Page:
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4513.0 - Criminal Courts, Australia, 2010–11 Quality Declaration 
Previous ISSUE Released at 11:30 AM (CANBERRA TIME) 24/02/2012   
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Contents >> Magistrates' Courts >> ABORIGINAL AND TORRES STRAIT ISLANDER DEFENDANTS

ABORIGINAL AND TORRES STRAIT ISLANDER DEFENDANTS

Limited data about Aboriginal and Torres Strait Islander defendants are presented for the second time in this publication. This information is available for defendants finalised in the Magistrates' Courts in New South Wales, Queensland and the Northern Territory only.

The majority of defendants in the Magistrates' Courts with a traffic offence as their principal offence have an unknown Aboriginal and Torres Strait Islander status. This is because most traffic offences are related to fines issued by road traffic authorities, who do not collect or record Aboriginal and Torres Strait Islander status. These defendants have a large impact on the proportion of unknowns in the data, therefore they have been removed to enable a focus on those defendants that are more likely to have been in contact with police and have their Aboriginal and Torres Strait Islander status recorded.

Other offence categories that may also be affected by this issue are: public order; offences against justice procedures, government security and operations; and miscellaneous offences. This should be taken into account when comparing Aboriginal and Torres Strait Islander and non-Indigenous data for these offence categories. For further information on the identification of Aboriginal and Torres Strait Islander defendants in the Criminal Courts collection (see Explanatory Notes paragraphs 49-52).


New South Wales

In the Magistrates' Courts in 2010-11, 8,502 (12%) defendants finalised in New South Wales identified as Aboriginal and Torres Strait Islander.

The proportion of males and females varied for Aboriginal and Torres Strait Islander defendants when compared to non-Indigenous defendants. In New South Wales, 27% of Aboriginal and Torres Strait Islander defendants were female compared to 17% of non-Indigenous defendants.

There was also variation when comparing offence categories. The three main offence categories for Aboriginal and Torres Strait Islander defendants adjudicated were: acts intended to cause injury (42%); theft (12%) and public order (11%). For non-Indigenous defendants, the three main offence categories were acts intended to cause injury (37%), illicit drugs (16%), and theft (12%).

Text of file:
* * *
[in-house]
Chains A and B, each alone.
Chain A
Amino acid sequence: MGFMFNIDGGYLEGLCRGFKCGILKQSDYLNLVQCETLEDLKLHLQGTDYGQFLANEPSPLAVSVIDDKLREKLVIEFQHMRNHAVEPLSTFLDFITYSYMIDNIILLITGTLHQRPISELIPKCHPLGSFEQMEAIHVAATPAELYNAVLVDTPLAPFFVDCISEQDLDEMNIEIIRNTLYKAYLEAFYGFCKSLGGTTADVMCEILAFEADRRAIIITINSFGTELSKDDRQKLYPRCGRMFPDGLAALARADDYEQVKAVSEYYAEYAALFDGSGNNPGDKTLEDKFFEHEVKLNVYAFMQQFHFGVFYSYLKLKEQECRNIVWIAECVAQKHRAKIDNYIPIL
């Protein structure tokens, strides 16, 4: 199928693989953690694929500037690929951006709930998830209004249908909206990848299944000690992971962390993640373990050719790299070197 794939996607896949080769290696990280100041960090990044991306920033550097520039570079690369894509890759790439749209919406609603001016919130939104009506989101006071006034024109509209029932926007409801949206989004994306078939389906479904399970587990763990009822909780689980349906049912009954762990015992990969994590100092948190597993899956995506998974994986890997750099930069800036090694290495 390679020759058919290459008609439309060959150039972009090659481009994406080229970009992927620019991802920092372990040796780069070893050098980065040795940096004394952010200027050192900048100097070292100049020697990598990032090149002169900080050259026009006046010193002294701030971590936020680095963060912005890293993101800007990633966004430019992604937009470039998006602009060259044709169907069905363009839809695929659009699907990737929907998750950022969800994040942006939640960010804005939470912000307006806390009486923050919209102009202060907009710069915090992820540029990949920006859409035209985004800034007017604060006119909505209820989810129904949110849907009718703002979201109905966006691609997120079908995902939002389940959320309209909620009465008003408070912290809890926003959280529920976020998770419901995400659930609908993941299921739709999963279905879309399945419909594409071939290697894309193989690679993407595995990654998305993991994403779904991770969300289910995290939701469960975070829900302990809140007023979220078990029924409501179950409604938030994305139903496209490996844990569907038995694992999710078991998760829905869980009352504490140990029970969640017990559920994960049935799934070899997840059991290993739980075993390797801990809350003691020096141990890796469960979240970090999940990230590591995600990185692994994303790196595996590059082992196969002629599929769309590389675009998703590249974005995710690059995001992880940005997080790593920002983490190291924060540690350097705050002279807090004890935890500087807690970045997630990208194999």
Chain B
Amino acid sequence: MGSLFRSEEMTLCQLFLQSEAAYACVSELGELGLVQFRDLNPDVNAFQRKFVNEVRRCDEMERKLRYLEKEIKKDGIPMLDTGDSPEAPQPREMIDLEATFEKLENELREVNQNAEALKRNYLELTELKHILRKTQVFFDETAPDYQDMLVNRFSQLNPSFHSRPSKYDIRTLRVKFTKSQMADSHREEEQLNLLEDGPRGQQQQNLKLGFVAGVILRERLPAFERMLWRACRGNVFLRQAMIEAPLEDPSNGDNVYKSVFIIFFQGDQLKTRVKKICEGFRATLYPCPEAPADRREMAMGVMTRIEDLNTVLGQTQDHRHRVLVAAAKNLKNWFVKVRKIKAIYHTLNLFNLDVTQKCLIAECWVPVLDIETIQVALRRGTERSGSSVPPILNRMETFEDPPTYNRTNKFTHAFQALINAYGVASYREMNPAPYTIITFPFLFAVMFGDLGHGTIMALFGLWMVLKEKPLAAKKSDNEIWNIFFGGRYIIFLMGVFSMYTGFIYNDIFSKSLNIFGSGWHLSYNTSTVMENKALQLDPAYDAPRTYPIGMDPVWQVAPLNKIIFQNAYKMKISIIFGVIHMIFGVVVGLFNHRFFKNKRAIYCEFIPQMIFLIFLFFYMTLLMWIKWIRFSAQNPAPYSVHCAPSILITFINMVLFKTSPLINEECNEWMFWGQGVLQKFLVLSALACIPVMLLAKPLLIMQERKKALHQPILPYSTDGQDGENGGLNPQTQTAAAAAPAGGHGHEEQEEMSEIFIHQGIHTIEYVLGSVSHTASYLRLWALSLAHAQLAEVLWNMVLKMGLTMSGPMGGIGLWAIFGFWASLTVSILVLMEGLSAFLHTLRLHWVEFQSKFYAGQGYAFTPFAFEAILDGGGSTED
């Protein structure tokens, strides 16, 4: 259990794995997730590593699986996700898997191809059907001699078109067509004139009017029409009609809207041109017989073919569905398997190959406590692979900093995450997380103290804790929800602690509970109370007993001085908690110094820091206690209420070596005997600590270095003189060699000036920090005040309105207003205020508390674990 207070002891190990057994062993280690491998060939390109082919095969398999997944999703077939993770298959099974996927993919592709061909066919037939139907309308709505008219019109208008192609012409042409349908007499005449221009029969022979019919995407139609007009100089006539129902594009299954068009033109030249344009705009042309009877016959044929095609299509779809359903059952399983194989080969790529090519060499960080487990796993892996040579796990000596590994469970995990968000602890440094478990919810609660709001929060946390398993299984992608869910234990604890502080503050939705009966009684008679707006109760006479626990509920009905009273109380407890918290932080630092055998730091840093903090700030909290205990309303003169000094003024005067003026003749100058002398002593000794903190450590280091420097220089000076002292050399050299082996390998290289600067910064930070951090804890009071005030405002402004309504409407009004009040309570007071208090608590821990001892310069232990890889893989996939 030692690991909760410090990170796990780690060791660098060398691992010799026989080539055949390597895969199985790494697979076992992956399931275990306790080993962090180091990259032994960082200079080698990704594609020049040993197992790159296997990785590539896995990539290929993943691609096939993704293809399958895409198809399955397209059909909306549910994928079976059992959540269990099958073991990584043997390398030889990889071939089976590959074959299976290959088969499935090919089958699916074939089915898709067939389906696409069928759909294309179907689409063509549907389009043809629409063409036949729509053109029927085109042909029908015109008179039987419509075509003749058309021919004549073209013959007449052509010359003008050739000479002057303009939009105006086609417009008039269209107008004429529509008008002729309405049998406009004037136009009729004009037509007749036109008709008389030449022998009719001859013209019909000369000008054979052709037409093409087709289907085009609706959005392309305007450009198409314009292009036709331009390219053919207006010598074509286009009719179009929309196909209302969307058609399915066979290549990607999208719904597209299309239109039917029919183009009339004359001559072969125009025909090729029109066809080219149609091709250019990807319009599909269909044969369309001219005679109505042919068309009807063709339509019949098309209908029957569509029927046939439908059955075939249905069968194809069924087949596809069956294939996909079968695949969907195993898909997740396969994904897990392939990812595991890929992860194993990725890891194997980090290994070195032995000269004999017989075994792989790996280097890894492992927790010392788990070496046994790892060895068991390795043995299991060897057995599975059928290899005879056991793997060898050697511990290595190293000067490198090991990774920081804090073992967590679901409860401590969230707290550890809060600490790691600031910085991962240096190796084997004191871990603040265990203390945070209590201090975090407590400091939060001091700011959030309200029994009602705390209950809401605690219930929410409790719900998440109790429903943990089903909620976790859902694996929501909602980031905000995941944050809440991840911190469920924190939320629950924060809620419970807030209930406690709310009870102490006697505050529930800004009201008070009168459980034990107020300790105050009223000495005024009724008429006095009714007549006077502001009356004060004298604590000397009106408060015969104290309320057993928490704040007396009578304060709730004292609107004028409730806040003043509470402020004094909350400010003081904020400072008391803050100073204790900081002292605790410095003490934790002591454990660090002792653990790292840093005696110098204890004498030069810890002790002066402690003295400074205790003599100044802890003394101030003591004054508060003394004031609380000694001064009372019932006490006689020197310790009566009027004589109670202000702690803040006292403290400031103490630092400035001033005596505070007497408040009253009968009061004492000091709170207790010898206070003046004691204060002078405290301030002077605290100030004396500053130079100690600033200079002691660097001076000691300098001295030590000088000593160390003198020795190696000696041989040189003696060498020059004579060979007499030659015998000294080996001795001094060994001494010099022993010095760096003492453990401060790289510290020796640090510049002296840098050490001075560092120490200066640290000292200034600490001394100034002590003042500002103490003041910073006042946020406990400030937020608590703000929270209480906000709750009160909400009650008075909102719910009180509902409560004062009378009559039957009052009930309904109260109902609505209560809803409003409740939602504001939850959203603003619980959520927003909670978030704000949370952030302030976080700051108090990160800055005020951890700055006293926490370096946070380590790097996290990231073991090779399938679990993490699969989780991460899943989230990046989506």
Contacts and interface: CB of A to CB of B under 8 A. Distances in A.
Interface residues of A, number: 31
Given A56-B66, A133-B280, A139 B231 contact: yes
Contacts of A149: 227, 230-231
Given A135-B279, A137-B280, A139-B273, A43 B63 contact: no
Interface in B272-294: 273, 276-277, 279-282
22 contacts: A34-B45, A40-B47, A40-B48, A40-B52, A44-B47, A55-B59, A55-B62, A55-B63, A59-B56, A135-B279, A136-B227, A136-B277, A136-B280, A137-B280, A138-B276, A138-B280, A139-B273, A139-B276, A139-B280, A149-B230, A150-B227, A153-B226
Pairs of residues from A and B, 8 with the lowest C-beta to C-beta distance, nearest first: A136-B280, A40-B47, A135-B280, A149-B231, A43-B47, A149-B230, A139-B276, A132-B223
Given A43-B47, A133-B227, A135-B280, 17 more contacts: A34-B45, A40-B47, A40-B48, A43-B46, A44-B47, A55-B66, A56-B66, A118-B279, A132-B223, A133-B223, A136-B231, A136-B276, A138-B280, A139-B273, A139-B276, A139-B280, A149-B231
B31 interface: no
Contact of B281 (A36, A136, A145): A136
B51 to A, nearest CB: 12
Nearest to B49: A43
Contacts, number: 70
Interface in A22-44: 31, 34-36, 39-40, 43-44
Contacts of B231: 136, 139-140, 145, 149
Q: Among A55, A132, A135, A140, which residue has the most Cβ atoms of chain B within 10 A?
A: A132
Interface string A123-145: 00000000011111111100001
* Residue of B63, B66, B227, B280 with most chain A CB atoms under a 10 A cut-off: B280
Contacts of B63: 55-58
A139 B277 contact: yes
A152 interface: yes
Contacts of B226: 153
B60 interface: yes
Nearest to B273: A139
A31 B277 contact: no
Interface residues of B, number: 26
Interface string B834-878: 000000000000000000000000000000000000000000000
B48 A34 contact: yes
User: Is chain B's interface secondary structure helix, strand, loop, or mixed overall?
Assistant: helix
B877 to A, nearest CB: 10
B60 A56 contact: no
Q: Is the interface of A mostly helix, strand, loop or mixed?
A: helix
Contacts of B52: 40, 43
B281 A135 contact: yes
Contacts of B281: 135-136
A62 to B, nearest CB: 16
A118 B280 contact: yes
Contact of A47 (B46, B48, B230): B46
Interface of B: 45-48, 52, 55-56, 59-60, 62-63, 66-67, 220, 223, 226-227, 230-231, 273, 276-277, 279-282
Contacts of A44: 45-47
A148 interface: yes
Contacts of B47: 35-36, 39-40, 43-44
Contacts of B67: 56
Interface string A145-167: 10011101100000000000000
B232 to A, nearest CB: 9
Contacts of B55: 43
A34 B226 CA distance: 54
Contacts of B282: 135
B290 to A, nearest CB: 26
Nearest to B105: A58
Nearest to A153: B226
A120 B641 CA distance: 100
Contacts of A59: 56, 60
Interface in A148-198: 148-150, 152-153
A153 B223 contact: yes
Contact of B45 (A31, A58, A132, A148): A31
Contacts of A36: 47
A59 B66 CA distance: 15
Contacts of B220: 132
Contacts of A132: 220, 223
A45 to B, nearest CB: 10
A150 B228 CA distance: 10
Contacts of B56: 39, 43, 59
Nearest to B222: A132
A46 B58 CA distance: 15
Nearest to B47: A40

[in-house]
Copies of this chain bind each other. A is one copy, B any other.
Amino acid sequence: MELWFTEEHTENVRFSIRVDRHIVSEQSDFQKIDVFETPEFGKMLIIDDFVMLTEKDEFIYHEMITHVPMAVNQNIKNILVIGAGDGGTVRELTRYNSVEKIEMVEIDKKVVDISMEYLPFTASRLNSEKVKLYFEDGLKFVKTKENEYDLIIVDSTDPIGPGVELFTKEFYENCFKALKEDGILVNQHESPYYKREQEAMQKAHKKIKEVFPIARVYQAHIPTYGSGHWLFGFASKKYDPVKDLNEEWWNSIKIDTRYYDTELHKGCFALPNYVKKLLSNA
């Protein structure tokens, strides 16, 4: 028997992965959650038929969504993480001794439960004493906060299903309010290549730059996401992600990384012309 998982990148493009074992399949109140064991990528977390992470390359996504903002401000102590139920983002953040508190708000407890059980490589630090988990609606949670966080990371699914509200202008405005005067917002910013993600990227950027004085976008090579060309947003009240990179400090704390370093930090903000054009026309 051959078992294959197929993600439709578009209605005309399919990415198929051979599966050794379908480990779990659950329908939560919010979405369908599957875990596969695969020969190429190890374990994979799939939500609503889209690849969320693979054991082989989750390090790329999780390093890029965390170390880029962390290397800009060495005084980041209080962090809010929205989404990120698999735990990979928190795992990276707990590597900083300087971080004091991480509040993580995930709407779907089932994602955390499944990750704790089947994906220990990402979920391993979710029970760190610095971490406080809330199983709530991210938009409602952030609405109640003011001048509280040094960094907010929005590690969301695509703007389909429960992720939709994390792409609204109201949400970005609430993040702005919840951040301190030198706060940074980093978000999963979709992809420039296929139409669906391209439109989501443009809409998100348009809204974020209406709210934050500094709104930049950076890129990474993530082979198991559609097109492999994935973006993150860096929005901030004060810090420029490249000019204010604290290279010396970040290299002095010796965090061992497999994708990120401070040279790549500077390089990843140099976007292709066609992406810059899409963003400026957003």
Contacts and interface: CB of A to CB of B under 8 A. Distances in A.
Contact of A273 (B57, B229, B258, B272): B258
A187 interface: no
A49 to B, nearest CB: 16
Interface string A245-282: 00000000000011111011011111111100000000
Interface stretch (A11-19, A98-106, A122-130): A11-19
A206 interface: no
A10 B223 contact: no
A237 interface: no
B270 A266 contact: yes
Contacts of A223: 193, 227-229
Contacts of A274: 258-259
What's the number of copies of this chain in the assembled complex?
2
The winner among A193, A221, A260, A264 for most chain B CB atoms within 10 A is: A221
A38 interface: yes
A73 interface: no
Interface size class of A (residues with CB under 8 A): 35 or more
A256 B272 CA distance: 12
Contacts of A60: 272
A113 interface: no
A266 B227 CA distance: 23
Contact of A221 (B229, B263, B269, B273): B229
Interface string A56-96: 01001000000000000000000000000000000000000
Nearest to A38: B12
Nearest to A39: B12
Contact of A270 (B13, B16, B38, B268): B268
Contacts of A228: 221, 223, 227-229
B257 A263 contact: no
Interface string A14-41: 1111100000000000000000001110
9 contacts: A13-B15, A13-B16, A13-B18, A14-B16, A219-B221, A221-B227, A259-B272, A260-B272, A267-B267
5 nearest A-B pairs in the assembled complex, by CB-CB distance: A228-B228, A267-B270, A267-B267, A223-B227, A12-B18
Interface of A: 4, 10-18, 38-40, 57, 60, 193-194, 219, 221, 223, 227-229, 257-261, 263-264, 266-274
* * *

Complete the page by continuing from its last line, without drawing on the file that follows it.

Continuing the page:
In the Magistrates' Courts the majority of defendants proven guilty are sentenced to non-custodial orders. When comparing Aboriginal and Torres Strait Islander defendants with non-Indigenous defendants, the proportions of custodial to non-custodial orders varied in 2010-11. In New South Wales, almost one-third (32%) of guilty Aboriginal and Torres Strait Islander defendants were sentenced to a custodial order compared to 15% of guilty non-Indigenous defendants (Table 3.12).


Queensland

In the Magistrates' Courts in 2010-11, 17,066 (20%) defendants in Queensland identified as Aboriginal and Torres Strait Islander.

The proportion of males and females varied for Aboriginal and Torres Strait Islander defendants when compared to non-Indigenous defendants. In Queensland, 31% of Aboriginal and Torres Strait Islander defendants were female compared to 20% of non-Indigenous defendants.

There was also variation when comparing offence categories. In Queensland, the three main offence categories for Aboriginal and Torres Strait Islander defendants adjudicated were: public order (45%), offences against justice procedures, government security and operations (17%), and theft (9%). For non-Indigenous defendants the three main offence categories were public order (24%), illicit drugs (18%), and offences against justice procedures, government security and operations (17%).

When comparing Aboriginal and Torres Strait Islander defendants with non-Indigenous defendants, the proportions of custodial to non-custodial orders varied in 2010-11. In Queensland 13% of guilty Aboriginal and Torres Strait Islander defendants were sentenced to custodial orders compared to 8% of guilty non-Indigenous defendants (Table 3.12).


Northern Territory

In the Magistrates' Courts in 2010-11, 3,956 (72%) defendants in the Northern Territory identified as Aboriginal and Torres Strait Islander.

The proportion of males and females was similar for Aboriginal and Torres Strait Islander defendants and non-Indigenous defendants: 17% of Aboriginal and Torres Strait Islander defendants were female compared with 14% of non-Indigenous defendants.

There was also variation when comparing offence categories. In the Northern Territory, the three main offence categories for Aboriginal and Torres Strait Islander defendants adjudicated were: acts intended to cause injury (40%), offences against justice procedures, government security and operations (19%), and public order (11%). For non-Indigenous defendants, the three main offence categories were: illicit drugs (22%), acts intended to cause injury (20%), and offences against justice procedures, government security and operations and theft (both 12%).

When comparing Aboriginal and Torres Strait Islander defendants with non-Indigenous defendants, the proportions of custodial to non-custodial orders varied in 2010-11. In the Northern Territory, more than half (54%) of guilty Aboriginal and Torres Strait Islander defendants were sentenced to custodial orders compared to 28% of guilty non-Indigenous defendants (Table 3.12).


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